iPhones and Politics
It was a tense early afternoon for me. What would he decide to do? What would it look like? Would he join the race or not? Would it be a revamp or all new? Could we call him a candidate? Could we be looking at the latest and greatest device?
It was high noon… politics and technology were dueling for my attention. New Jersey Governor Chris Christie was holding a news conference, declaring whether he would join the race for president. At the same time, Apple was unveiling the latest changes to its popular iPhone. Rumors, speculation, hope and hype preceded both. I was fascinated by the outcome of both. I watched one announcement (Chris Christie) live on television, a live blog of the other (Apple) on the internet.
“Now is not my time”
To my surprise, the politician got to the point much quicker than the techno geeks. Within minutes, Christie said he wouldn’t seek the GOP presidential nomination, despite the fever pitch cries of Republicans who wanted him to reconsider his earlier pledge not to run. Christie said, “For me, the answer was never anything but ‘no.'” You could almost hear the cries of grief from political supporters and sighs of relief from opponents.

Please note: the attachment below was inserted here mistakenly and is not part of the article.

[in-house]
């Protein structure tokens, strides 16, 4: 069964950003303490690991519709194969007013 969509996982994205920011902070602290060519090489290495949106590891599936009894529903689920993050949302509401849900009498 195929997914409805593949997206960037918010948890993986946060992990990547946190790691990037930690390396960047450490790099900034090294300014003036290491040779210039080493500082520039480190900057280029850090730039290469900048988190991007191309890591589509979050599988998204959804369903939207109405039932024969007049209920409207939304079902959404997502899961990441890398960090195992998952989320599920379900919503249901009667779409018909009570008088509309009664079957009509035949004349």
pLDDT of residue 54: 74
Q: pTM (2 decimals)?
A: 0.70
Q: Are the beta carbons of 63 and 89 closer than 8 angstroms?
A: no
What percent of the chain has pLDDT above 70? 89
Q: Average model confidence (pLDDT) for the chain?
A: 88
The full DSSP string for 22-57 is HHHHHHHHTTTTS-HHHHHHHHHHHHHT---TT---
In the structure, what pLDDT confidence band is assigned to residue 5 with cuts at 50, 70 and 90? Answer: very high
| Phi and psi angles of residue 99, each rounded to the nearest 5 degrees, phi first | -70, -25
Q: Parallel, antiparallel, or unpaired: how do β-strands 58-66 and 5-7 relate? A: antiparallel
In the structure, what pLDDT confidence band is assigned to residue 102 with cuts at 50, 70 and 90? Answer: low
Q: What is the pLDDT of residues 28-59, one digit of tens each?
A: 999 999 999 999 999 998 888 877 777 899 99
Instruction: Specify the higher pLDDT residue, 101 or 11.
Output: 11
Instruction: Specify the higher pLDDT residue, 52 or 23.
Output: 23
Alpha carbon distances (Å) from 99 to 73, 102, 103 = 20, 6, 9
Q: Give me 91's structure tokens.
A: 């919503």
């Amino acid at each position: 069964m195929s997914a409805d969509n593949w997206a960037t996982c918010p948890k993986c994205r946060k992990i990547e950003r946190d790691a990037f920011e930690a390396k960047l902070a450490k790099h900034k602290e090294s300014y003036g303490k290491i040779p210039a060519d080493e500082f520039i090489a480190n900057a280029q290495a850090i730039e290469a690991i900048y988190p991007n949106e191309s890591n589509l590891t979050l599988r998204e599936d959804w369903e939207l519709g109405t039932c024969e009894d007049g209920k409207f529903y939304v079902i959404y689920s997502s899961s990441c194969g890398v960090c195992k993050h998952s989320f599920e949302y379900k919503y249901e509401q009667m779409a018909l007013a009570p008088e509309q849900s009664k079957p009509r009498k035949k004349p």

Now is not iPhone 5’s time
While Apple’s iPhone announcement started around the same time, it wasn’t until nearly an hour in that we got a definitive answer: “I’m really pleased to tell you today about the brand new iPhone 4S,” said Apple’s Phil Schiller. So it wouldn’t be the all-new iPhone 5 that many, if not most, iPhone lovers had been hoping for. Instead it was the iPhone 4S, the sequel to the iPhone 4. No doubt, the 4S is a faster and smarter smartphone, but not the total re-design and thinner profile like the iPad 2. You could almost hear the cries of grief from technology geeks and sighs of relief from competitors.
Politics and technology. They normally don’t have a whole lot in common. But following both announcements today, you may be hearing “Wait until next time” from quite a few people.